Bible study for religious liberals ~ Cheat sheet
For use in liberal religious Bible study sessions.
Ask: How are the experts biassed? Various self-proclaimed experts have interpreted the Bible as supporting slavery in the United States, subjugation of women, ongoing racism, homophobia, etc. Such experts include: scholars who translate the Bible out of the original languages; preachers; pundits. Our assumption: any time you come across a person who claims to know something about the Bible (including Unitarian Universalist ministers; including yourself!), that person is going to have some kind of bias.
Ask: Where are the women? Often, those who wrote the Bible tend to diminish the role of women. Yet often the women are there, if you just look for them. (And sometimes the Bible gives us the actual words women wrote or spoke or sang.) Our assumption: the Bible was not originally intended to keep women down, but later editors and commentators and churchmen have interpreted it that way.
Ask: Where are the poor and the dispossessed? Some of the stories in the bible are about kings, and queens, and rich and powerful people. But frequently Bible stories tell about ordinary people like shepherds, carpenters, and laborers. Our assumption: originally the Bible was written to be meaningful to all people, no matter what their socio-economic status, but later editors and commentators and churchmen have interpreted it differently.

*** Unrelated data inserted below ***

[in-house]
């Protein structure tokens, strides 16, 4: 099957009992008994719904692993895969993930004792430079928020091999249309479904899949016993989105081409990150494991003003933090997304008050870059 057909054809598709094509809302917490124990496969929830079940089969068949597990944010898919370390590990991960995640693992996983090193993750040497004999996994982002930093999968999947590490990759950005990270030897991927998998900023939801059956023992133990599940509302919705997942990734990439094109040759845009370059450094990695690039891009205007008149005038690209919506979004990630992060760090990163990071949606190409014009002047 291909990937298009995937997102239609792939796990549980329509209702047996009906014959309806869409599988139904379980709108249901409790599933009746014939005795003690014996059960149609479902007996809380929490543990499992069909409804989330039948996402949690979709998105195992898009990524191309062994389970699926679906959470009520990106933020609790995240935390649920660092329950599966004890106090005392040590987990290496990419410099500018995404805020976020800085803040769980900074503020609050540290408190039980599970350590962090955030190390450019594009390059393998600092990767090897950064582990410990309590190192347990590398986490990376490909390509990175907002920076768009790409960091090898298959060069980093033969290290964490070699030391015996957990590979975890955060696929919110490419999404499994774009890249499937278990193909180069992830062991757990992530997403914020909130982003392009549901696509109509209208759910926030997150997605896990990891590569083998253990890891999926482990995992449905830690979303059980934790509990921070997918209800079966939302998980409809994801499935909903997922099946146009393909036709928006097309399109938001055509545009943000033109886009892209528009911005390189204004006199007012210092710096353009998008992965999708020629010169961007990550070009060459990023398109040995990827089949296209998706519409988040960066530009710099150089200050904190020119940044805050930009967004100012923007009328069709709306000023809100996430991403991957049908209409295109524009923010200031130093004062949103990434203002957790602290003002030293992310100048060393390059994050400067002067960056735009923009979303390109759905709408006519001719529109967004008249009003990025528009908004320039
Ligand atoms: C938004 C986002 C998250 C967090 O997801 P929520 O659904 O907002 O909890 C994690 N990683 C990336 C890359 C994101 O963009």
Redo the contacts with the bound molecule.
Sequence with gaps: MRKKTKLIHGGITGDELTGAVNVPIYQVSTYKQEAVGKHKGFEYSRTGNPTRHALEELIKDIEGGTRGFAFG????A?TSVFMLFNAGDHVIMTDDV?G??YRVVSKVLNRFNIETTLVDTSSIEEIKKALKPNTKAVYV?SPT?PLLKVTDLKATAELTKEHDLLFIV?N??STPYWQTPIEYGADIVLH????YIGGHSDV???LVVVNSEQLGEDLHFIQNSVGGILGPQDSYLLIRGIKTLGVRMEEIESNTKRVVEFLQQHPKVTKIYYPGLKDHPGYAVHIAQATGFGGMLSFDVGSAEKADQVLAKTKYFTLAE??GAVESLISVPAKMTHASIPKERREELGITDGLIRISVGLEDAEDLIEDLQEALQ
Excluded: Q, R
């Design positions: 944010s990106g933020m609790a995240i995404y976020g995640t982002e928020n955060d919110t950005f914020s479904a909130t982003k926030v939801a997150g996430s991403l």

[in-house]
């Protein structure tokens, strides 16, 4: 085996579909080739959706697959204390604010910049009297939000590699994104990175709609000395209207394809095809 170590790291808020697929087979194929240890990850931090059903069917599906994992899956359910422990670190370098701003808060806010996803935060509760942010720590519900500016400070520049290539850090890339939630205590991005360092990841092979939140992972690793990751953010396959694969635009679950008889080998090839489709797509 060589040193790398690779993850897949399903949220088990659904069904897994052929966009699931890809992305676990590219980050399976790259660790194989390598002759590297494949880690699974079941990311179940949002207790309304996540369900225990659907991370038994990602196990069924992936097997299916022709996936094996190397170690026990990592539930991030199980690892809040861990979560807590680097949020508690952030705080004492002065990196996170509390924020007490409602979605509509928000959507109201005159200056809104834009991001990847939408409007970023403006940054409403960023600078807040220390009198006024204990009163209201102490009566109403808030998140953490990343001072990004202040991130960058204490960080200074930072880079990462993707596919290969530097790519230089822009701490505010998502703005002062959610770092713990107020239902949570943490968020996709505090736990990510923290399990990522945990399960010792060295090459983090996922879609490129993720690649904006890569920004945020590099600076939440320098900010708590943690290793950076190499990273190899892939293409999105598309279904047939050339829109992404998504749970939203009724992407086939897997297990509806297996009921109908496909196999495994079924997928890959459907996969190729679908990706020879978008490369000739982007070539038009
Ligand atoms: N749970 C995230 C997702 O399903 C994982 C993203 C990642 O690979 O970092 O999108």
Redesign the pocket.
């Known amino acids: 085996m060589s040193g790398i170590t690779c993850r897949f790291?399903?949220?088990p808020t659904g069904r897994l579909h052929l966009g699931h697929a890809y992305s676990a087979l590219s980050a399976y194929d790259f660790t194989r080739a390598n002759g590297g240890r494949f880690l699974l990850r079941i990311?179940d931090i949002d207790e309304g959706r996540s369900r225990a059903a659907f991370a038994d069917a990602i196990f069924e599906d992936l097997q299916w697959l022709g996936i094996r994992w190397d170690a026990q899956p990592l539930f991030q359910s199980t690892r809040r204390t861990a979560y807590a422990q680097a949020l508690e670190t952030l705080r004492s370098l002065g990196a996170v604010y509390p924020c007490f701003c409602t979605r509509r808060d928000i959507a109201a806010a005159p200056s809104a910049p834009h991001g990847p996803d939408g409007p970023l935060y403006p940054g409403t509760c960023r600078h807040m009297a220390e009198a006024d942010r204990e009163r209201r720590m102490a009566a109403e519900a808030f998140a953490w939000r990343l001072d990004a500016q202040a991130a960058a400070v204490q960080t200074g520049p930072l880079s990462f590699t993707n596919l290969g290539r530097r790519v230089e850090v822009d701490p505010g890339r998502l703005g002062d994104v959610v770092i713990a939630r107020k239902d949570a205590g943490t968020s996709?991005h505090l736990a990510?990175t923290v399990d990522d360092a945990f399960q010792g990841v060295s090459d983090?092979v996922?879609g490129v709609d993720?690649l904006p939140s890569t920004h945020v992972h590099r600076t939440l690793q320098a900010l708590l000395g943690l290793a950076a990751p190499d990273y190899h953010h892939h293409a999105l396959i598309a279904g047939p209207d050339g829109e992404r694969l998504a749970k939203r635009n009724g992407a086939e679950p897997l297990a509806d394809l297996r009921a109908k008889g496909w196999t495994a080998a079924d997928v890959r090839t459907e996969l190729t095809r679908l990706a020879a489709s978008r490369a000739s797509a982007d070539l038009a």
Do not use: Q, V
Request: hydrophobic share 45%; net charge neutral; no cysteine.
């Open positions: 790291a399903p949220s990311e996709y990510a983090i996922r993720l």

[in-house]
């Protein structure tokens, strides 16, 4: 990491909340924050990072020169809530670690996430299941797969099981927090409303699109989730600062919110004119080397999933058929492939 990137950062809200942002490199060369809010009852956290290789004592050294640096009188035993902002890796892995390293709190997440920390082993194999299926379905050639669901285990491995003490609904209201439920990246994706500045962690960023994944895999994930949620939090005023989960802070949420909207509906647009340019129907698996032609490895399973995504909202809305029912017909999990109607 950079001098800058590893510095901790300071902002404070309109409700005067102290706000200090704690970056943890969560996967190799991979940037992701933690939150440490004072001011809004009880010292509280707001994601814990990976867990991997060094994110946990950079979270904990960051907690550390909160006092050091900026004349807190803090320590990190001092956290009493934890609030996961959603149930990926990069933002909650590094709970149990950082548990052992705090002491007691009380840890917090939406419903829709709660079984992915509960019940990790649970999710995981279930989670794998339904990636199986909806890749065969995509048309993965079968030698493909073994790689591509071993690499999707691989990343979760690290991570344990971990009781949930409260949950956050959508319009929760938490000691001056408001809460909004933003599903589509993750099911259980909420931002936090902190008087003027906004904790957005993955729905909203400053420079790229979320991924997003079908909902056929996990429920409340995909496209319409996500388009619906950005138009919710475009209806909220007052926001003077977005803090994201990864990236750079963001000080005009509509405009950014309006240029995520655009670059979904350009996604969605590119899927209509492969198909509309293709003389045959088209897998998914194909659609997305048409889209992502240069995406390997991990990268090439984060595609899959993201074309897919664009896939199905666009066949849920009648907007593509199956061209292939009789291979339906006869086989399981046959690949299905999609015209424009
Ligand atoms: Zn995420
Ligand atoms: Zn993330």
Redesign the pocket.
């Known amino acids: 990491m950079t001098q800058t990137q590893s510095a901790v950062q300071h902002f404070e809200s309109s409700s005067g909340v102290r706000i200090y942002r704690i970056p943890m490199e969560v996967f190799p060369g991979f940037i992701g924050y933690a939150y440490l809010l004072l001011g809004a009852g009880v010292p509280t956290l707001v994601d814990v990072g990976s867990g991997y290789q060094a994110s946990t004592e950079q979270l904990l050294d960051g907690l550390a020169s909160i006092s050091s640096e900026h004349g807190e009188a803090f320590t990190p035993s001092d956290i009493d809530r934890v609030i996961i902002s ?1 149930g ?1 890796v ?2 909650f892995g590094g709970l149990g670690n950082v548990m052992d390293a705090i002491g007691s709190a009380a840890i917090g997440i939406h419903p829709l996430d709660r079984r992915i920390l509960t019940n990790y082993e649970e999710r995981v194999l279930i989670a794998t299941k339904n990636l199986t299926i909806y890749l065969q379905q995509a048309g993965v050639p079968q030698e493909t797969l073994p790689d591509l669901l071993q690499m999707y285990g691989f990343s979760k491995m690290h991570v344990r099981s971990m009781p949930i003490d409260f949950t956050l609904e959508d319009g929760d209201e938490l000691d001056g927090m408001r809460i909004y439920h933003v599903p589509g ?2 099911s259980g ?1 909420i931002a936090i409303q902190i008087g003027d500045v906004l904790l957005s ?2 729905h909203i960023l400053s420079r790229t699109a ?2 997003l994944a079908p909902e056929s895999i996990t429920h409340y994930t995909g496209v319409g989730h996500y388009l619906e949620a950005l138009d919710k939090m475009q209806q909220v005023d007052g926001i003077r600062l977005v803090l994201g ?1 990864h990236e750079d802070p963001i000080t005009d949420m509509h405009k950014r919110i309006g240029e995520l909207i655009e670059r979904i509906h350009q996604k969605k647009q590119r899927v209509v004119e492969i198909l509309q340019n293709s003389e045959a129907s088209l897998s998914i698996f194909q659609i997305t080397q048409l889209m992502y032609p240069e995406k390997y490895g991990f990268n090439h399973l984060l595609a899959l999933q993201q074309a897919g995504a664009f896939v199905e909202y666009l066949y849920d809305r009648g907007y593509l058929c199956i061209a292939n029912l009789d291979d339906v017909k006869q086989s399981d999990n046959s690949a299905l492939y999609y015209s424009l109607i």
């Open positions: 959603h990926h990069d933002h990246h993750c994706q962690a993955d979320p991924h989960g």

Above all, ask: What does this have to do with my life? Lots of people claim they have the exclusive right to interpret the Bible. These people will claim their interpretation is the only correct one and then try to shove it down our throats. But there’s no reason to pay any attention to those people. Great literature like the Bible does not have one simple-minded interpretation, because great literature interacts with the specifics of our individual lives. Our assumption: the Bible, like any great work of literature, is supposed to make our lives better — richer, more humane, more grounded in compassion.
Notes for Bible geeks, philosophers, and theologians: The first item uses tools from critical theory for a critique of domination and power in Biblical studies. The second item is basic feminist theology, making the case for a feminist hermeneutic of suspicion. The third item is basic liberation theology, introducing the hermeneutical privilege of the poor to a First World audience. The fourth item is standard Gadamerian philosophical hermeneutics. The whole cheat sheet comes out of a functionalist view of religion, and a critical theory perspective